United States v. Lawrence DiCristina

Court Memorandum, Order, and Judgment


Since games run by the defendant’s business must constitute “gambling” as defined by

the IGBA, it must be determined whether poker falls under that definition of gambling.

As noted above, the IGBA defines “gambling” as “includ[ing] but . . . not limited to poolselling,

bookmaking, maintaining slot machines, roulette wheels or dice tables, and conducting

lotteries, policy, bolita or numbers games, or selling chances therein.” 18 U.S.C. § 1955(b)(2).

The list is non-exclusive. Although poker and other card games requiring skill were widely

played when the IGBA was passed, such games are not included in that provision’s list of

gambling activities. See McBoyle, 283 U.S. at 26 (noting that “[a]irplanes were well known in

1919 when this statute was passed, but it is admitted that they were not mentioned in the reports

or in the debates in Congress” in holding that an airplane is not a vehicle).

Yet, the fact that the statute does not explicitly mention poker, in itself, is not conclusive

evidence that that game should not be considered gambling under the IGBA. Cf., e.g., National

Organization for Women, Inc. v. Scheidler, 510 U.S. 249, 262 (1994) (“The fact that [the

Racketeering Influenced Corrupt Organizations Act (RICO)] has been applied in situations not

expressly anticipated by Congress does not demonstrate ambiguity. It demonstrates breadth.”);

Bridge v. Phoenix Bond & Indemnity Co., 553 U.S. 639, 550 (2008) (“We have repeatedly

refused to adopt narrowing constructions of RICO in order to make it conform to a preconceived

notion of what Congress intended to proscribe.”).

As one court has aptly put it, ‘[n]ot every silence is pregnant.’ In some cases,

Congress intends silence to rule out a particular statutory application, while in

others Congress’ silence signifies merely an expectation that nothing more need

be said in order to effectuate the relevant legislative objective. In still other

instances, silence may reflect the fact that Congress has not considered an issue at

all. An inference drawn from congressional silence certainly cannot be credited

when it is contrary to all other textual and contextual evidence of congressional


Burns v. United States, 501 U.S. 129, 136 (1991) (quoting Illinois Dep’t of Public Aid v.

Schweiker, 707 F.2d 273, 277 (7th Cir. 1983)), abrogated on other grounds as recognized by,

Irizarry v. United States, 553 U.S. 708 (2008).

The defendant points out that “Congress ‘does not, one might say, hide elephants in

mouseholes.’” Bilski v. Kappos, 130 S.Ct. 3218, 3250 (2010) (internal citations and quotations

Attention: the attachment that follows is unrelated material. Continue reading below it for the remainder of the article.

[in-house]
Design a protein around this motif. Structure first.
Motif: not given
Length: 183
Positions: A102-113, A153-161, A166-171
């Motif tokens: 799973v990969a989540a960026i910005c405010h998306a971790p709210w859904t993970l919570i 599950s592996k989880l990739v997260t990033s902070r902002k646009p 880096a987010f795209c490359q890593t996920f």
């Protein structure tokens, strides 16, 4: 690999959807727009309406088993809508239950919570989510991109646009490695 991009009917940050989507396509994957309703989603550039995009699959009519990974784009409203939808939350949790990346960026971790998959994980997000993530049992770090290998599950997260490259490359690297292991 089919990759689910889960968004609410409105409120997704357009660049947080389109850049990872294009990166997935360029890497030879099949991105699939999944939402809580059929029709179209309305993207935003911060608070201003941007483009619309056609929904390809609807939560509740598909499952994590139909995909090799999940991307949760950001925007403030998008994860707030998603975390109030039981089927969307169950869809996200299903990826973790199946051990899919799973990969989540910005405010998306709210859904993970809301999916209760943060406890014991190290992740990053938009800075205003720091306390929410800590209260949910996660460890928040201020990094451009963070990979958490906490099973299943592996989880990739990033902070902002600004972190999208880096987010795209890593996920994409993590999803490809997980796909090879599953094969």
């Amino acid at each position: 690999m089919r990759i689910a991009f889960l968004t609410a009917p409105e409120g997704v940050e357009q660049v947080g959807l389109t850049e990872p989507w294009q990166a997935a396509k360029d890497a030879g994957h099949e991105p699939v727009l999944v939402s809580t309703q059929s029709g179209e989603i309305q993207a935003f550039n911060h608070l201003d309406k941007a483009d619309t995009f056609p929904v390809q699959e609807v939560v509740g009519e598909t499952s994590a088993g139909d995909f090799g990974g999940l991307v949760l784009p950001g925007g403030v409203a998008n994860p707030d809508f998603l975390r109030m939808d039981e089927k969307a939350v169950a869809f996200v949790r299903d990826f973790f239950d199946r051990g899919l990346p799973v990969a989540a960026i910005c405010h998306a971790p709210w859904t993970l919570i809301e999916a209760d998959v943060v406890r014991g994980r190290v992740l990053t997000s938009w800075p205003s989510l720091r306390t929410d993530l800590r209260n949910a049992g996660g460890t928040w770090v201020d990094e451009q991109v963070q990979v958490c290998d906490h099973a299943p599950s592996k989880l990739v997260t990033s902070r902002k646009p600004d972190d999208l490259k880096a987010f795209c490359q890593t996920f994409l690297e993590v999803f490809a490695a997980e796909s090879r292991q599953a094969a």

omitted). The question remains whether poker is an elephant or a mouse under the statute.

Poker is, for the purposes of this case, an elephant—or perhaps an eight hundred pound

gorilla—that Congress would have been unlikely to ignore. The fact that card games like poker,

pinochle, gin rummy, and bridge were so widely played by law-abiding individuals in noncriminal

settings may explain its omission from the IGBA. As Sherlock Holmes would describe

the clue, it is the dog that didn’t bark. See generally Sir Arthur Conan Doyle, Silver Blaze, in

The Memoirs of Sherlock Holmes 1-38 (Random House 2012) (1894).

As a matter of statutory construction, poker must fall under the general definition of

gambling and be sufficiently similar to those games listed in the statute to fall within its

prohibition. See Dauray, 215 F.3d at 262. It does not.

Because the poker played on the defendant’s premises is not predominately a game of

chance, it is not gambling as defined by the IGBA. That the statute was targeted at limiting the

influence of organized crime, and organized crime groups have operated poker games beginning

in the years since its passage, does not retroactively change the statute’s scope. “The statute

should not be extended . . . simply because it may seem to us that a similar policy applies, or

upon the speculation that if the legislature had thought of it, very likely broader words would

have been used.” McBoyle, 283 U.S. at 27.

As already noted, the IGBA is not the only tool available for the federal and state

governments to prosecute organized crime involvement in poker games. If the Mafia operates

such a game in an unlawful fashion (such as by also engaging in related loan sharking, extortion,

or money laundering), the organizers and operators can be prosecuted under RICO, 18 U.S.C. §

1962. It is notable that no such evidence was present in this case. Illustrations in the

government’s brief of federal poker prosecutions appear to be for racketeering under that statute.

See Gov’t Mem. of L. in Opp. to Def.’s Rule 29 Mot. 23-25, Doc. Entry 96, July 27, 2012 (citing

Ex. A-G attached to the same memorandum).

Even without the organized crime connection, this defendant’s operations were

necessarily and properly found by the jury to violate New York state gambling laws. He could

have been prosecuted in state court by the Richmond County District Attorneys Office.

The indict

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